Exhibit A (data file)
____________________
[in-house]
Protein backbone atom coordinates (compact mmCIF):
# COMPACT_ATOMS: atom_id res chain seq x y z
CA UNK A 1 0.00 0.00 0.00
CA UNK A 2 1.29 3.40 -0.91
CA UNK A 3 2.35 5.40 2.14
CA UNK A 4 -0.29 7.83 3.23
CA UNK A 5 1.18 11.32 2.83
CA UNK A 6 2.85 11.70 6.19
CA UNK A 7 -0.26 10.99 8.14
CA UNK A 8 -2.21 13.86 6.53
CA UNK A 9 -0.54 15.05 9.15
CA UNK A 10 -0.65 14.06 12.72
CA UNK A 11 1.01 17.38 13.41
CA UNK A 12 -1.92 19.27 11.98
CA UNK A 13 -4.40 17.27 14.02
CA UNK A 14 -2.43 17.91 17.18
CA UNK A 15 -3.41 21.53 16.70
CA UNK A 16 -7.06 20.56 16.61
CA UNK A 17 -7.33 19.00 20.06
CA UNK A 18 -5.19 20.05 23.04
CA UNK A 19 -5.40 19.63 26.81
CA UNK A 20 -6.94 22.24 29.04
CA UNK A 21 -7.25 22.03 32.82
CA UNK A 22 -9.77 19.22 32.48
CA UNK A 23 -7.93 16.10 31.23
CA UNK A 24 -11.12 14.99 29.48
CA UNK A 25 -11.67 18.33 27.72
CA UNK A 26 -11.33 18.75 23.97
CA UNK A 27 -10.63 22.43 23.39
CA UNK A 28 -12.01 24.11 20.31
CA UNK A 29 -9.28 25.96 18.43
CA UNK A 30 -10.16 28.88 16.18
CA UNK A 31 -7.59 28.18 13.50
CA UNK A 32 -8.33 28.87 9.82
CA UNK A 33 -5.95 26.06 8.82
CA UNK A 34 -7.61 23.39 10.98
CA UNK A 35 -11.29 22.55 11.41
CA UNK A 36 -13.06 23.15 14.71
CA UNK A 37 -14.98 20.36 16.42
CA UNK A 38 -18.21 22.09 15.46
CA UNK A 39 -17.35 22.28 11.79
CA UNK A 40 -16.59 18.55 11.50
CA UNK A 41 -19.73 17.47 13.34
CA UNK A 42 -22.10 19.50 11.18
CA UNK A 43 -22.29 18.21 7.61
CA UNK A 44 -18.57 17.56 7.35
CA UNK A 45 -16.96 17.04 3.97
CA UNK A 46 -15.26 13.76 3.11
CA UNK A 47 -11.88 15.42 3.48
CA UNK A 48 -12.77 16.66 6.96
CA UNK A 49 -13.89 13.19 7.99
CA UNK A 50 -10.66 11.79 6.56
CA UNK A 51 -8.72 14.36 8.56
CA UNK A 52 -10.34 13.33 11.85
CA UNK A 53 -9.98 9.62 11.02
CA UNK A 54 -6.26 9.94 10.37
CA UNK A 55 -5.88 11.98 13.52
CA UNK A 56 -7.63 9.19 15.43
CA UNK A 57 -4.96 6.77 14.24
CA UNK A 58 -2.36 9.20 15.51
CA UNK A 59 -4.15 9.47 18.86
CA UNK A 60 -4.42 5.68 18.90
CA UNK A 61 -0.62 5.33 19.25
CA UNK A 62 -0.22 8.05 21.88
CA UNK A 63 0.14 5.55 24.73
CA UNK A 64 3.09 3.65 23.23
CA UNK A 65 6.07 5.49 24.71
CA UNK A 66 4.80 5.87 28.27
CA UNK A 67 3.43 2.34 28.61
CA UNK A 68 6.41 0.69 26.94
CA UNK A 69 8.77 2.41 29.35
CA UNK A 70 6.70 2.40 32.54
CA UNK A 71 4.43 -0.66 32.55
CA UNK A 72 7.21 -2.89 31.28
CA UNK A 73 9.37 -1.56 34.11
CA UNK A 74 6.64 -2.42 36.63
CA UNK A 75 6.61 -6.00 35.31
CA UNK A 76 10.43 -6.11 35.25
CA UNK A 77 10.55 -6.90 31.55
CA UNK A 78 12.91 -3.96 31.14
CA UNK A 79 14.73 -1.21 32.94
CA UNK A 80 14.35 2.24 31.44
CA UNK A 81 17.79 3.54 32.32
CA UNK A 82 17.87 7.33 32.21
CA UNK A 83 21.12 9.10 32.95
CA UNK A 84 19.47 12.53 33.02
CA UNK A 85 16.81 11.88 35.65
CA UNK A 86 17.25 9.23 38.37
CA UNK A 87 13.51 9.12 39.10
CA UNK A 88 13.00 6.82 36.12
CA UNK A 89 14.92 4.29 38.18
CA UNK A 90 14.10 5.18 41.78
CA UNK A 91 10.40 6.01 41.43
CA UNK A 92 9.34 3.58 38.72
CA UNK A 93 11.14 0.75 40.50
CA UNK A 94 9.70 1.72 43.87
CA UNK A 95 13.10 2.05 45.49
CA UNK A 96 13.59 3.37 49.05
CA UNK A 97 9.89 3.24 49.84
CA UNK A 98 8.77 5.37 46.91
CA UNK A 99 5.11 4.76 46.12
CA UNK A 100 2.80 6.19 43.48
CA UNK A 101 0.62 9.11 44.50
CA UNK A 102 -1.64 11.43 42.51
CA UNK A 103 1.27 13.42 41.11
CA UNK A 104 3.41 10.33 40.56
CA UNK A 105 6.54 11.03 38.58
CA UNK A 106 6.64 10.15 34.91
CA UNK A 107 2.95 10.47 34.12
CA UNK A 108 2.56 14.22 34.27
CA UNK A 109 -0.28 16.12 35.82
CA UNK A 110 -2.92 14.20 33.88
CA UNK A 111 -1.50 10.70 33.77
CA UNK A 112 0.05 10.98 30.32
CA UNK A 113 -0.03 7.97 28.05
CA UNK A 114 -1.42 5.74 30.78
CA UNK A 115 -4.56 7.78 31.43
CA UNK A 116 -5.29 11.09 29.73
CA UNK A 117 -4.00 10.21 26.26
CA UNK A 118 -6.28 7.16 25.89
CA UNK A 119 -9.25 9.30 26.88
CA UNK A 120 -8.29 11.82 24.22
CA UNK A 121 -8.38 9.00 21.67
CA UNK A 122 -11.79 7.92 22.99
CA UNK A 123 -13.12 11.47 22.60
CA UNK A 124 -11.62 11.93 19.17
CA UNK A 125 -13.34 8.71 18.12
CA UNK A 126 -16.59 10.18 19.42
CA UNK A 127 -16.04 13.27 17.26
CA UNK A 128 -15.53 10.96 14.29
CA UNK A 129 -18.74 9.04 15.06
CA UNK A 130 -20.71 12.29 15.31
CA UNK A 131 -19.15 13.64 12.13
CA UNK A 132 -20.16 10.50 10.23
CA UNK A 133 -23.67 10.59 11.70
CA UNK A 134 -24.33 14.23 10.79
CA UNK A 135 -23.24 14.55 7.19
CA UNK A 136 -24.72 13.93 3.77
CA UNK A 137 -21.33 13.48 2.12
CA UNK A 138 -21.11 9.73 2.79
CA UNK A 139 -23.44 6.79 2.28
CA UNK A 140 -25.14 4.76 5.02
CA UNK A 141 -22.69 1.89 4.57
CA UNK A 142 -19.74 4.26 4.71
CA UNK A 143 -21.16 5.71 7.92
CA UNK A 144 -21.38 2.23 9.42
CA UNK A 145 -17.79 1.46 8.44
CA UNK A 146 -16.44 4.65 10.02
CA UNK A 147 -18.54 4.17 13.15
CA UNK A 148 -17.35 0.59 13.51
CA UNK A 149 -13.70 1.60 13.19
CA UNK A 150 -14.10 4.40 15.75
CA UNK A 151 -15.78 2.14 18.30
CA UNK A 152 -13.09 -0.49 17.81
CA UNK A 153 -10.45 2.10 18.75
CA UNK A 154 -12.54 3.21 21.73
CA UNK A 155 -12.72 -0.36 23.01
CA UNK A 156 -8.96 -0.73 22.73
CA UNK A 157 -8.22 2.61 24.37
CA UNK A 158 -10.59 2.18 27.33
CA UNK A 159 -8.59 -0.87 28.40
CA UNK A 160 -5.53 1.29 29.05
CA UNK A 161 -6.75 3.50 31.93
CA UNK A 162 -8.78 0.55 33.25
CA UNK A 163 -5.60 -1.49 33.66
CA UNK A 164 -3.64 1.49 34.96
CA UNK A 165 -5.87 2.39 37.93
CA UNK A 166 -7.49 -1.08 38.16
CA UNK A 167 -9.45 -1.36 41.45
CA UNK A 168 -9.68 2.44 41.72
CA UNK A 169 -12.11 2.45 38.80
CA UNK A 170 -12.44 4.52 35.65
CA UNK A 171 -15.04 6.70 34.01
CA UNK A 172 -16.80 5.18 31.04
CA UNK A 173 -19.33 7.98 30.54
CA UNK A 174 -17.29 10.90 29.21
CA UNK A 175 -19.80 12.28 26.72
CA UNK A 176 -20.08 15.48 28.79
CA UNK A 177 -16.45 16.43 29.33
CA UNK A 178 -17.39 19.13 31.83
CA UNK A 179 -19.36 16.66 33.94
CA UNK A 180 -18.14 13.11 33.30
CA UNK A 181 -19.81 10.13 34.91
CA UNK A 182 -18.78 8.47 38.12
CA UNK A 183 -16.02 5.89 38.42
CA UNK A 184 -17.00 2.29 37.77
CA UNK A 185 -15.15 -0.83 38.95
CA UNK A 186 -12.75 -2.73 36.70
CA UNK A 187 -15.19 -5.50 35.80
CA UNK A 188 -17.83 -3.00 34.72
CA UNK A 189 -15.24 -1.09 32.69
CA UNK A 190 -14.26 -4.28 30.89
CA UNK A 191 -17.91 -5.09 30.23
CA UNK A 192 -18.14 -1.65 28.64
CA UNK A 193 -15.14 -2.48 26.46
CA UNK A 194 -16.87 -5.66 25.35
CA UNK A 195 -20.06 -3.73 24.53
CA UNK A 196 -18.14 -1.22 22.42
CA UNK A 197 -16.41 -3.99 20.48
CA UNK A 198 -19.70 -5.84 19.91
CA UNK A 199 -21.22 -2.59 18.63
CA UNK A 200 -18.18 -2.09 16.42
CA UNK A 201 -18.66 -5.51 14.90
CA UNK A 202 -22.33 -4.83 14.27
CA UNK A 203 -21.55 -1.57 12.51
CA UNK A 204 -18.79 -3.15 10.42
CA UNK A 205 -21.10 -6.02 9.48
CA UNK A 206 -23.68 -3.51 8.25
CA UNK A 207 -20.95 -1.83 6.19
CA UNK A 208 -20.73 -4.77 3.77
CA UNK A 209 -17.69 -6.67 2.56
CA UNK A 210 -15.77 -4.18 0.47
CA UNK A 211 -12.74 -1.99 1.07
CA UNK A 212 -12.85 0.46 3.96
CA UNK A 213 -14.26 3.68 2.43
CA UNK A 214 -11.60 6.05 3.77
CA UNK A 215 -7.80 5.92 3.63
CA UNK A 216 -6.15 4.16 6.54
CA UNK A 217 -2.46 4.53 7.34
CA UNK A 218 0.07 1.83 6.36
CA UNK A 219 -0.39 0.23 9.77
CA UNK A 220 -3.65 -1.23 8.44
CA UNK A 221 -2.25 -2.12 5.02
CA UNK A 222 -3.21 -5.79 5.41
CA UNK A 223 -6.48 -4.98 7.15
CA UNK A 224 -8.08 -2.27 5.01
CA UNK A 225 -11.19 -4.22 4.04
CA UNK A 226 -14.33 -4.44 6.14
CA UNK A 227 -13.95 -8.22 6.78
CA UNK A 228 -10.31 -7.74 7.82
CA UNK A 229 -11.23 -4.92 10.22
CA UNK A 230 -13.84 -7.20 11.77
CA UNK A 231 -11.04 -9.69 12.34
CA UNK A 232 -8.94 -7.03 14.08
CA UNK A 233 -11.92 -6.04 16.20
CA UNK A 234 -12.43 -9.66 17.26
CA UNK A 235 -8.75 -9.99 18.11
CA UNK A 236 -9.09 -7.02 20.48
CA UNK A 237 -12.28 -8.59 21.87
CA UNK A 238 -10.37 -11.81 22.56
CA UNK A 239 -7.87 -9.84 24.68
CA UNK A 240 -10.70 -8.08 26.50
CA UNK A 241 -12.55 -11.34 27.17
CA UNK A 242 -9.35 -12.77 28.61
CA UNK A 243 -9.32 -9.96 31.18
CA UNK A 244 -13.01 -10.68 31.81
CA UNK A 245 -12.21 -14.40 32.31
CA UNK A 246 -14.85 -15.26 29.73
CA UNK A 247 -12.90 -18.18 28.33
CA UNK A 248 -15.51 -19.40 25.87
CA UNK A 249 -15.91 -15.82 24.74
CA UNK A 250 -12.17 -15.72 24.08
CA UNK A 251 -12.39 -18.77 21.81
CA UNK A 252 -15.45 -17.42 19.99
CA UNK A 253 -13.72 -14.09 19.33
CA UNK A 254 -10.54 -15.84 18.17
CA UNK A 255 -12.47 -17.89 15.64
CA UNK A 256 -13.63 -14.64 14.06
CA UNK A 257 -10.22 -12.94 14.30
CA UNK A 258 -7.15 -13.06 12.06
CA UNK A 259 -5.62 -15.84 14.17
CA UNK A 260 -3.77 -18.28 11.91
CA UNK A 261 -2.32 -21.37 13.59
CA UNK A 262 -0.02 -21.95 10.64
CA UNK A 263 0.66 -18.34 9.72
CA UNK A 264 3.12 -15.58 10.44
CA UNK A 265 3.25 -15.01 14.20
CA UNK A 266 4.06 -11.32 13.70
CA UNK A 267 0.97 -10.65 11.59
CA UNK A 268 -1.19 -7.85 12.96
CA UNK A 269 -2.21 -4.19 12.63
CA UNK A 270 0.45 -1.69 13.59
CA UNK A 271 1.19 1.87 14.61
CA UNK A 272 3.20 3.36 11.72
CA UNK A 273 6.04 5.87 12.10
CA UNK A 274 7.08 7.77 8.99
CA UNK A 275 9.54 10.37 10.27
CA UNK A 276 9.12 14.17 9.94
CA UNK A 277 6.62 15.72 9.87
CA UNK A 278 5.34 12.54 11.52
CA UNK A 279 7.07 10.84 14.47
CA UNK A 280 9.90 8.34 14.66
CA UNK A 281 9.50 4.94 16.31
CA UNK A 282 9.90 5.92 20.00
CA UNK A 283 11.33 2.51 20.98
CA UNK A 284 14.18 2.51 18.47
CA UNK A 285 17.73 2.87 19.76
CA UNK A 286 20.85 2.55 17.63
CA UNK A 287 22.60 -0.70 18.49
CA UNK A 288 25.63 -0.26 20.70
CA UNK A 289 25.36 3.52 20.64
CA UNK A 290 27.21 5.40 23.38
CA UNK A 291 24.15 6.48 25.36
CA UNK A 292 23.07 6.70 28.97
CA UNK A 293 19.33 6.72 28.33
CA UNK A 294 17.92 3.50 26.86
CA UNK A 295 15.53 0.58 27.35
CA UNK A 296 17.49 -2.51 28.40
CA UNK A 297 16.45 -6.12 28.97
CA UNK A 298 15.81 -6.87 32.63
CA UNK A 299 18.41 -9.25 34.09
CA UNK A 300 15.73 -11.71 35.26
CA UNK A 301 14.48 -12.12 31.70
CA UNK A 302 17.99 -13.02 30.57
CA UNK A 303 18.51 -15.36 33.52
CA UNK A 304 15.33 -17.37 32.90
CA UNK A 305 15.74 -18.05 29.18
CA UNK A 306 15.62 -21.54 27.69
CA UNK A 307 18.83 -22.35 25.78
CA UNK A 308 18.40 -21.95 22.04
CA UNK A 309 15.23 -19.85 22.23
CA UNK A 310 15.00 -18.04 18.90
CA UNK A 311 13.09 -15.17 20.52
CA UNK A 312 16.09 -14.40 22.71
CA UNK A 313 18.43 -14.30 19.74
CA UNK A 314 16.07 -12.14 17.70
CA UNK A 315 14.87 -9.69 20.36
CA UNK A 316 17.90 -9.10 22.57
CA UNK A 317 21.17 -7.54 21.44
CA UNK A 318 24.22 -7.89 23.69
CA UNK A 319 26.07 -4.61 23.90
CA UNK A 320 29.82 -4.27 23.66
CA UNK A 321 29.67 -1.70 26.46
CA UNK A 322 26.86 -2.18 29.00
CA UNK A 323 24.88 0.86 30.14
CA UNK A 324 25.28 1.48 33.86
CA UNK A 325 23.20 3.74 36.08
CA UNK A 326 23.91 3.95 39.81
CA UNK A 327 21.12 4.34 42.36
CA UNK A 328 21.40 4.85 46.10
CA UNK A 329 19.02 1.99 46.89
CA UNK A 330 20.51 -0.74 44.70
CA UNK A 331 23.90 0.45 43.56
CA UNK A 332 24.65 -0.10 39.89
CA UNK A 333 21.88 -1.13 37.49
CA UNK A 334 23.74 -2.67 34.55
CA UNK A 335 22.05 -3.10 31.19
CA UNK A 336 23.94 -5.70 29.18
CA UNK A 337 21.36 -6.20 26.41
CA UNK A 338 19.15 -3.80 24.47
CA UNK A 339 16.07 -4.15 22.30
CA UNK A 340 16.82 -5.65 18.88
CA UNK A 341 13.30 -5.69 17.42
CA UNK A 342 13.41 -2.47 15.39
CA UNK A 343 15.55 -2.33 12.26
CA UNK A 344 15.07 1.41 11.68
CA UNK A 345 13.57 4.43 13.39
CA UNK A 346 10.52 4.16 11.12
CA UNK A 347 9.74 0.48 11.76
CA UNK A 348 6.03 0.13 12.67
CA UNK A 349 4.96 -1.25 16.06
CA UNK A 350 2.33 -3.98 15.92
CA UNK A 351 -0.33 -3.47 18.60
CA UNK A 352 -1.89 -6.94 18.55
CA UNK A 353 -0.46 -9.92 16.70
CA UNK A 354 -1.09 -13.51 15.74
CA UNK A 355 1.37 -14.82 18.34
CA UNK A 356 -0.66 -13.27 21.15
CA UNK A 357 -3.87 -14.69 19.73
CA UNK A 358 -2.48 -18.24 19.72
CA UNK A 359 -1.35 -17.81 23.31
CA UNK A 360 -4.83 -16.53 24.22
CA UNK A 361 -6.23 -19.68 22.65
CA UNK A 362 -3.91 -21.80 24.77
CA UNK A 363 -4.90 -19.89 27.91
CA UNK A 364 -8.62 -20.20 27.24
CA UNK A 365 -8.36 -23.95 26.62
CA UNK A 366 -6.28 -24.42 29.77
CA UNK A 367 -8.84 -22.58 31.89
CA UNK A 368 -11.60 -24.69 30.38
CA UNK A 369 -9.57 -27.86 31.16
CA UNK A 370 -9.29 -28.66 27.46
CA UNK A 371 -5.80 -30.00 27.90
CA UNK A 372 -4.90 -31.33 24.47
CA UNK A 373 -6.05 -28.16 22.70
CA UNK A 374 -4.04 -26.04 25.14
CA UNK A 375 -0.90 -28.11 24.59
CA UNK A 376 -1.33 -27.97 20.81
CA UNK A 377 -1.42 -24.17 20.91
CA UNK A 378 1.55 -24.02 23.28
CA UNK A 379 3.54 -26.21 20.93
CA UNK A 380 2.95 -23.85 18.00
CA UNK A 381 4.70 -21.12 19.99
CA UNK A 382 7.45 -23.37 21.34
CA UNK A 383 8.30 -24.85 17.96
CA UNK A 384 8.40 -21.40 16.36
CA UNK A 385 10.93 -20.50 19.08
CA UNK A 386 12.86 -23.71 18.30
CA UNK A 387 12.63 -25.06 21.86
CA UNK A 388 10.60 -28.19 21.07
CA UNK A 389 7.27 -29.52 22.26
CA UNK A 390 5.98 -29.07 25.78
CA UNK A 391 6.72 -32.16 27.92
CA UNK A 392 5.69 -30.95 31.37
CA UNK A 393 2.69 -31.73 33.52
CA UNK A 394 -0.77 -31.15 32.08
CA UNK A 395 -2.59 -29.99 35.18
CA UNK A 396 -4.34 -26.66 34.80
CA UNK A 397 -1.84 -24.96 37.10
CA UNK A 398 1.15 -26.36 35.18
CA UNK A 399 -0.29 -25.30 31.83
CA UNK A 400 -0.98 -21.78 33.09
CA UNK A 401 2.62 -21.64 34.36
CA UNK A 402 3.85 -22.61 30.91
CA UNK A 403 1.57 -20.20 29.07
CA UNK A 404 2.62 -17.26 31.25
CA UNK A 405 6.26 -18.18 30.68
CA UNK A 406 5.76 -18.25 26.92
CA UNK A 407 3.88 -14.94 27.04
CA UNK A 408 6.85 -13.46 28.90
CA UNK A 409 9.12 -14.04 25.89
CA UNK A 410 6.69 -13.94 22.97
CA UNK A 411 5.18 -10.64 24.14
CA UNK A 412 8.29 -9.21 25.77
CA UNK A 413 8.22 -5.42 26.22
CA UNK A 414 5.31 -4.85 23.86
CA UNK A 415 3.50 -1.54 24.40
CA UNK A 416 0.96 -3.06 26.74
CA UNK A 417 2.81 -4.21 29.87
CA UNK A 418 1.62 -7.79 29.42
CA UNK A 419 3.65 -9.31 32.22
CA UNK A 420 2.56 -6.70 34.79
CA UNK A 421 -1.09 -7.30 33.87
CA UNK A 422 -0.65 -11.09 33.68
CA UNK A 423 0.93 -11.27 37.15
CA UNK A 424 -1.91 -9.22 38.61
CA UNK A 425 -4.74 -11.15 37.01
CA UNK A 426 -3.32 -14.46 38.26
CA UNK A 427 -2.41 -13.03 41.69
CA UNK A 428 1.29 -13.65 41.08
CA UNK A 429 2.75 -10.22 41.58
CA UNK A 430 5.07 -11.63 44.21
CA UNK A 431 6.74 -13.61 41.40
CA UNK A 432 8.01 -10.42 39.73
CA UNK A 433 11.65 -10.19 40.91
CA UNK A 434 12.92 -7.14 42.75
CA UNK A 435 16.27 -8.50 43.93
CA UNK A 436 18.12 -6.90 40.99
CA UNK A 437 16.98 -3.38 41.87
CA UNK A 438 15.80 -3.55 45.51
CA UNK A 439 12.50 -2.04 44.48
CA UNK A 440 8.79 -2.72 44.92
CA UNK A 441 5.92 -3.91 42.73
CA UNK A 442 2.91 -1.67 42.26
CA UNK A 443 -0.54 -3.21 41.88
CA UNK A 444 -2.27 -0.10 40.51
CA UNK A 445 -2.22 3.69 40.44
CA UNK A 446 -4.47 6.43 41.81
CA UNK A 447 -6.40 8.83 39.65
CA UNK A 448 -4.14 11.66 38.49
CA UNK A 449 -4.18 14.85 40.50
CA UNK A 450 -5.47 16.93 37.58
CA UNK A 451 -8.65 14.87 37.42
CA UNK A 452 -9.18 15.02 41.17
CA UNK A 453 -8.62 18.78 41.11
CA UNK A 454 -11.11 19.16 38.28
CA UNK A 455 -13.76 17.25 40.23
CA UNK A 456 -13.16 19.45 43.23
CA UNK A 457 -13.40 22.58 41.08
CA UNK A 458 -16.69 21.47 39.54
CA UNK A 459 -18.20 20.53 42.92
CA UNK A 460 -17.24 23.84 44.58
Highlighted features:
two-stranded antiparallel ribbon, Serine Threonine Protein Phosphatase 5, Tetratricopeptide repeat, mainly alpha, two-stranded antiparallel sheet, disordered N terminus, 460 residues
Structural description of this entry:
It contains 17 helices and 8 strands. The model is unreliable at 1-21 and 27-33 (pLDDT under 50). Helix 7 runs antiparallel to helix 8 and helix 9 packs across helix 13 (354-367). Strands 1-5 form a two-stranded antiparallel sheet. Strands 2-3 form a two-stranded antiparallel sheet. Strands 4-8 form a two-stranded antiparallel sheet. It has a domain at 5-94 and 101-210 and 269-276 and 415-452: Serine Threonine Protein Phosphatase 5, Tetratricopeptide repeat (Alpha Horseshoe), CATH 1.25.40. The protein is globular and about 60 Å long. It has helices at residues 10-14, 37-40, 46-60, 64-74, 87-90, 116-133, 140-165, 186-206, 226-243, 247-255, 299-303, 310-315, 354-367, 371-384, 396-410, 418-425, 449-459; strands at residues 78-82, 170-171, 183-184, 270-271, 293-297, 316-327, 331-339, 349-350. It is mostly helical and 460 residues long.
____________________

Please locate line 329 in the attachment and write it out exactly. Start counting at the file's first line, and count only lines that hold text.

CA UNK A 326 23.91 3.95 39.81